Home Refinance


Refinancing refers to applying for a secured loan intended to replace an existing loan secured by the same assets generally real estate financing. The most common consumer refinancing is for a home mortgage on real estate.

Advantages of Home Refinance

Refinancing may be undertaken to reduce interest costs (by refinancing at a lower rate), to pay off other debts, to reduce one’s periodic payment obligations (sometimes by taking a longer-term loan), to reduce risk (such as by refinancing from a variable-rate to a fixed-rate loan), and/or to liquidate some or all of the equity that has accumulated in real property during the tenure of ownership.

In essence, refinancing a mortgage or other type of loan can lower the monthly payments owed on the loan either by changing the loan to a lower interest rate, or by extending the period of loan, so as to spread the re-payment out over a long period of time. The money saved can be used to pay down the principal of the loan, thus further reducing payments. Alternately, refinancing can be used to transform available equity in one’s house into ready cash, available for other purposes or expenses.

Another use of refinancing is to reduce the risk associated with an existing loan. Interest rates on adjustable-rate loans and mortgages shift up and down based on the movements of the various prime rates used to calculate them. By refinancing an adjustable-rate mortgage into a fixed-rate one, the risk of interest rates increasing dramatically is removed, thus ensuring a steady interest rate over time.

Refinancing a loan or a series of debts can assist in paying off high-interest debt such as credit card debt, with lower-interest debt such as that of a fixed-rate home mortgage. The net savings between the two interest rates can then be applied either towards further paying down the debt, or other purposes. In addition, non-tax deductible debt, such as credit card or car loan debt, can be transformed into tax-deductible debt such as home mortgage debt, potentially lowering one’s taxes or shifting one into a more advantageous tax bracket. This type of arrangement is often associated with a Cash-Out Refinance.

Risks of Home Refinance

Certain types of loans contain penalty clauses triggered by an early payment of the loan, either in its entirety or a specified portion. In addition, there are also closing and transaction fees typically associated with refinancing a loan or mortgage. In some cases, these fees may outweigh any savings generated through refinancing the loan itself. Typically, one should only consider refinancing if one stands to save a substantial amount of money from doing so, either in the short or long-term, or if there is a need to extend the loan in order to pay for unexpected costs such as medical expenses.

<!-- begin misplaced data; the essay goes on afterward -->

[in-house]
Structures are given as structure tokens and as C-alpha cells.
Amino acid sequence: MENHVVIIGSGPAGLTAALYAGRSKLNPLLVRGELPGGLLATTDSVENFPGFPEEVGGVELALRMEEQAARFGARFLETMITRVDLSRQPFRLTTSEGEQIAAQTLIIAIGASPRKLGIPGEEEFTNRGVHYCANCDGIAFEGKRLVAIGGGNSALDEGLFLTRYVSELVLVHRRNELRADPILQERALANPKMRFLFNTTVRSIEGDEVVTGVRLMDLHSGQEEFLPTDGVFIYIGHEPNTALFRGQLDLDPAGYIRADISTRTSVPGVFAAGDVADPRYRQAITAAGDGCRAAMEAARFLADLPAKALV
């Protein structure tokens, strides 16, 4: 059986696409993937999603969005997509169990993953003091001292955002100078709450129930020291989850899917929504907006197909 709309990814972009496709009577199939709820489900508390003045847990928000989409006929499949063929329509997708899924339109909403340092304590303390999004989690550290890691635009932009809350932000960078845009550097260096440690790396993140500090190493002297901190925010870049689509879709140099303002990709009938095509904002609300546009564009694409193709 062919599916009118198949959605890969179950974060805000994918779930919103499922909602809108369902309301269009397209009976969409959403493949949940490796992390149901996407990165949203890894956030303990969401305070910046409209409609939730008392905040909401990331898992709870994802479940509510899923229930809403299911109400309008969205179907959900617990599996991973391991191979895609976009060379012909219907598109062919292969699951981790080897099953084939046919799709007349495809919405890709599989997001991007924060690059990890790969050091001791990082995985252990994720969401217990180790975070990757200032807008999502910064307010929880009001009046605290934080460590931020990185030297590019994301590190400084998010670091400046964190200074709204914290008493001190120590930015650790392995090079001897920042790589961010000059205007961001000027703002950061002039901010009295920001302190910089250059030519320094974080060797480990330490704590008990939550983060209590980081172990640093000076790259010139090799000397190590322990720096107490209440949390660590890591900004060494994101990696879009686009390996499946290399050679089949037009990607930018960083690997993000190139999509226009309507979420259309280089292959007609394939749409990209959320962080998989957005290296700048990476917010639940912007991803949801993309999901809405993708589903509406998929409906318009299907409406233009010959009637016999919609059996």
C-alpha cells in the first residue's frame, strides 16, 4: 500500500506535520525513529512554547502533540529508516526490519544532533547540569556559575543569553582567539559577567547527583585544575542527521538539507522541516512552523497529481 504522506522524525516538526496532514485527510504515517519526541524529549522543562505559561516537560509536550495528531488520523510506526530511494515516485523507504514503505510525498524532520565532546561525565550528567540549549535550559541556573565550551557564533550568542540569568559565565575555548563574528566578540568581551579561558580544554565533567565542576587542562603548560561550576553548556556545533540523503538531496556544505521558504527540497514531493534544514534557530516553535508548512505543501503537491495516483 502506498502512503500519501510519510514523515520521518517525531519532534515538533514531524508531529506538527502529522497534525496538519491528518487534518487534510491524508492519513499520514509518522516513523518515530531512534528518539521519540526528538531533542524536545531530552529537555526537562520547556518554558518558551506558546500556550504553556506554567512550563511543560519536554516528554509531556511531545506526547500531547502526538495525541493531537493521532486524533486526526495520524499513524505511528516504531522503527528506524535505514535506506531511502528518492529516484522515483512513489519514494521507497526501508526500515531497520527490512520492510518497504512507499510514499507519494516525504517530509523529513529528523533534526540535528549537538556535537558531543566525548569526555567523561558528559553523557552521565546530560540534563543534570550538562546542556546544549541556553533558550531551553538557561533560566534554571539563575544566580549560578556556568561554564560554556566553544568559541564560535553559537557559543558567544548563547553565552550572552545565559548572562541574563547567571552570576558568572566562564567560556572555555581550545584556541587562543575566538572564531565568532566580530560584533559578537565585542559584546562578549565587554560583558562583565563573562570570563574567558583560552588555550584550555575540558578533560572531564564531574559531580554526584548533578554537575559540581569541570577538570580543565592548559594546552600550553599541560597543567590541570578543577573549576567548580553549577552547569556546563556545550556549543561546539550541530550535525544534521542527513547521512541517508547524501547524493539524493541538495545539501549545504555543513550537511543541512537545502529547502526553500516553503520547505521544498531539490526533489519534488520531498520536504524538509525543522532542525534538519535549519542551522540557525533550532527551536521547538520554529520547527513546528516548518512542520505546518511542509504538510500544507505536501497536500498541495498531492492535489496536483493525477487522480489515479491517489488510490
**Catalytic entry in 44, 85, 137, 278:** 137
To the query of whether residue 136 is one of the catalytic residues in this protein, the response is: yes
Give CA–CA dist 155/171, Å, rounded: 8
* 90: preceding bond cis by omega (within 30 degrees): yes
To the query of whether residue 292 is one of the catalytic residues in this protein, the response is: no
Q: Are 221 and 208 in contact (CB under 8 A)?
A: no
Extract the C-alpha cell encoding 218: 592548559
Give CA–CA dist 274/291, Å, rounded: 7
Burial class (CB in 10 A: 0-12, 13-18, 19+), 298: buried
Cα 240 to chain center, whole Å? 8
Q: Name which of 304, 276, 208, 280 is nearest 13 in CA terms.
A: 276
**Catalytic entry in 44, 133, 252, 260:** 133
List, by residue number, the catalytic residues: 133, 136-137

In addition some refinanced loans, while having lower initial payments, may result in larger total interest costs over the life of the loan, or expose the borrower to greater risks than the existing loan, depending on the type of loan used to refinance the existing debt. Calculating the up-front, ongoing, and potentially variable costs of refinancing is an important part of the decision on whether or not to refinance.


Refinancing lenders often require an upfront payment of a certain percentage of the total loan amount as part of the process of refinancing debt. Typically, this amount is expressed in “points” (also sometimes called “premiums”), with each “point” being equivalent to 1% of the total loan amount. Therefore, if the refinance option selected involves paying three points, then the borrower will need to pay 3% of the total loan amount upfront. Most refinancing lenders offer a variety of combinations points and interest rates. Paying more points typically allows one to get a lower interest rate than one would be capable of getting if one paid fewer or no points. Alternately, some lenders will offer to finance parts of the loan themselves, thus generating so-called “Negative points” (also called discounts).

The decision of whether or not to pay points, and how many points to pay, should be taken in consideration of the fact that with points, one tends to trade a higher upfront cost in exchange for a lower monthly premium later on. Points can be paid out of the cash saved by refinancing the loan in the first place.

Types of Home Refinance

No-Closing Cost refinances: This refinance option reduces greatly upfront fees. You will pay few upfront fees to get your new mortgage loan. In fact as long as the prevailing market rate is lower than your existing rate by 1.5 percentage point or more, it is financially beneficial to refinance because there is little or no cost in doing so.

Cash-Out Refinance: This type refinance may not help you lower the monthly payment or shorter your mortgage periods. It can be used for home improvement, credit card and other debt consolidation if you qualify with your current home equity; you can refinance with a loan amount larger than your current mortgage and keep the cash difference.